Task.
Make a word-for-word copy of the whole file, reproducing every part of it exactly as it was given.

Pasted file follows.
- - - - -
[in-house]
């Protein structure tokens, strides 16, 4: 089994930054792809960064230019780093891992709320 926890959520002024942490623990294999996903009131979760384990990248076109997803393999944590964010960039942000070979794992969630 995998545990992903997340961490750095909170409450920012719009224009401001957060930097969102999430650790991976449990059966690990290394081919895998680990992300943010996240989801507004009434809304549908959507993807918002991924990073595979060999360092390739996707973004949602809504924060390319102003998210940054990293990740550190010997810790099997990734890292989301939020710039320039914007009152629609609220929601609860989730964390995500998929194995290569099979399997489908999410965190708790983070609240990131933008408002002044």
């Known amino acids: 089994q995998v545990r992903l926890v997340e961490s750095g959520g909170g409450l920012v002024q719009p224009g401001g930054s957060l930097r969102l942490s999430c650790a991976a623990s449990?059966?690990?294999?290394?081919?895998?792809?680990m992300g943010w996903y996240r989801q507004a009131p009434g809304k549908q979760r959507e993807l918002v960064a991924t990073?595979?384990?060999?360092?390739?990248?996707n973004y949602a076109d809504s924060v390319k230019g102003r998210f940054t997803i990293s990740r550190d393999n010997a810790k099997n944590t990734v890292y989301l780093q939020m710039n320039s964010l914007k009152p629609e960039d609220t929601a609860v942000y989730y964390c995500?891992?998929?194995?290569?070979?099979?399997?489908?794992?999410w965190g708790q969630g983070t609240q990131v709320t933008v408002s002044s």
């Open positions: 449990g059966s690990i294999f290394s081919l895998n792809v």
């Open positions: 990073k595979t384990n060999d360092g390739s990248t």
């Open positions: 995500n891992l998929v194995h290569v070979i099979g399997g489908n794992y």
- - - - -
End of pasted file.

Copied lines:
[in-house]
């Protein structure tokens, strides 16, 4: 089994930054792809960064230019780093891992709320 926890959520002024942490623990294999996903009131979760384990990248076109997803393999944590964010960039942000070979794992969630 995998545990992903997340961490750095909170409450920012719009224009401001957060930097969102999430650790991976449990059966690990290394081919895998680990992300943010996240989801507004009434809304549908959507993807918002991924990073595979060999360092390739996707973004949602809504924060390319102003998210940054990293990740550190010997810790099997990734890292989301939020710039320039914007009152629609609220929601609860989730964390995500998929194995290569099979399997489908999410965190708790983070609240990131933008408002002044």
């Known amino acids: 089994q995998v545990r992903l926890v997340e961490s750095g959520g909170g409450l920012v002024q719009p224009g401001g930054s957060l930097r969102l942490s999430c650790a991976a623990s449990?059966?690990?294999?290394?081919?895998?792809?680990m992300g943010w996903y996240r989801q507004a009131p009434g809304k549908q979760r959507e993807l918002v960064a991924t990073?595979?384990?060999?360092?390739?990248?996707n973004y949602a076109d809504s924060v390319k230019g102003r998210f940054t997803i990293s990740r550190d393999n010997a810790k099997n944590t990734v890292y989301l780093q939020m710039n320039s964010l914007k009152p629609e960039d609220t929601a609860v942000y989730y964390c995500?891992?998929?194995?290569?070979?099979?399997?489908?794992?999410w965190g708790q969630g983070t609240q990131v709320t933008v408002s002044s």
């Open positions: 449990g059966s690990i294999f290394s081919l895998n792809v």
């Open positions: 990073k595979t384990n060999d360092g390739s990248t």
């Open positions: 995500n891992l998929v194995h290569v070979i099979g399997g489908n794992y």